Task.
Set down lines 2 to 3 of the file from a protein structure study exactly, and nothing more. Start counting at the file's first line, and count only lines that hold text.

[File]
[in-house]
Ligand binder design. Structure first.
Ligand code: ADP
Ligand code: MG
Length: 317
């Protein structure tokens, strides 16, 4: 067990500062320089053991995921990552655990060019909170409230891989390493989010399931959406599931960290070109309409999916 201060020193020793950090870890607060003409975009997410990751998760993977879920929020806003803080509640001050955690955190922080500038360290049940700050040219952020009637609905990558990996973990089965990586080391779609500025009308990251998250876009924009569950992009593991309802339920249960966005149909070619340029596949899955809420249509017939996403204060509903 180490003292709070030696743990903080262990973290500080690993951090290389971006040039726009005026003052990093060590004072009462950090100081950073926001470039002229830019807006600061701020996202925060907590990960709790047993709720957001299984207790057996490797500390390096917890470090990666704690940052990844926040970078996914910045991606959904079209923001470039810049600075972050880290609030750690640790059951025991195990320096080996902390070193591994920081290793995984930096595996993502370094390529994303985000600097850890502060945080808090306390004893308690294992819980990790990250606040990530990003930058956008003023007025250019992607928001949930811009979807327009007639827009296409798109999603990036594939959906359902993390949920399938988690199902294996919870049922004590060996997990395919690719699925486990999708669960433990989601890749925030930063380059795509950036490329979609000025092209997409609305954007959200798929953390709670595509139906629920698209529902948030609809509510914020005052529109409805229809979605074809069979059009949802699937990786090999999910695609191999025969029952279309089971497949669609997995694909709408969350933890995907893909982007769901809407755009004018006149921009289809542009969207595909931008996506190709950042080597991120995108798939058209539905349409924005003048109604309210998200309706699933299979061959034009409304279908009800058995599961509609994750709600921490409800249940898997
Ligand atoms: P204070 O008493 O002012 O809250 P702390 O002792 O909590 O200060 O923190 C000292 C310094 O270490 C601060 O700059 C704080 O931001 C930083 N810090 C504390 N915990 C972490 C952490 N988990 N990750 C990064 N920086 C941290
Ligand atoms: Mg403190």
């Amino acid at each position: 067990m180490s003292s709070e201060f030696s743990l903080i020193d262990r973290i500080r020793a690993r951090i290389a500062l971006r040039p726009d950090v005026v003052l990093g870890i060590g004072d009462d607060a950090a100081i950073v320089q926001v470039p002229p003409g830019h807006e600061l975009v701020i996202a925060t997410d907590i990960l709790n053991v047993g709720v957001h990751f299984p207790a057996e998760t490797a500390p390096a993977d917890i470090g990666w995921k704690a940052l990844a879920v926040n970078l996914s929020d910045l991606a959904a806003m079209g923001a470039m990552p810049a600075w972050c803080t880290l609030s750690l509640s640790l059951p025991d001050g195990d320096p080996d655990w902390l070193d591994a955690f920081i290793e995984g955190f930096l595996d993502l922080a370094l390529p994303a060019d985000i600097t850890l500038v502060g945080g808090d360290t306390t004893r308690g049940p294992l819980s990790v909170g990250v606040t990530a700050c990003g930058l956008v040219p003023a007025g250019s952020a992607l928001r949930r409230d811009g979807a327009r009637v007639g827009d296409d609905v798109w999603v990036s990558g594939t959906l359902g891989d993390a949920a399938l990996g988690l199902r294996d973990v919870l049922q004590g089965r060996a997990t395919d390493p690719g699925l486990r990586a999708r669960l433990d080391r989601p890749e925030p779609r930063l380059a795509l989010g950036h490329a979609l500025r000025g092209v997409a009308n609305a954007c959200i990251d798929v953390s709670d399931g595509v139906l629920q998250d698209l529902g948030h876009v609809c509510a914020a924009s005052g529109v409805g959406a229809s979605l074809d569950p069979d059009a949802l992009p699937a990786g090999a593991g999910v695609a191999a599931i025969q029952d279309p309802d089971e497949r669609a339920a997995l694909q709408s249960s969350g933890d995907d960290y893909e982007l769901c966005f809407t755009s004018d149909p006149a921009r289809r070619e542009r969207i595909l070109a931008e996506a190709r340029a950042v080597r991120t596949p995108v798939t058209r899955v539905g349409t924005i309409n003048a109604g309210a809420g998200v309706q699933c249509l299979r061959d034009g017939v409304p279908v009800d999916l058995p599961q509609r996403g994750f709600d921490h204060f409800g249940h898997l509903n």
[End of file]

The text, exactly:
Ligand binder design. Structure first.
Ligand code: ADP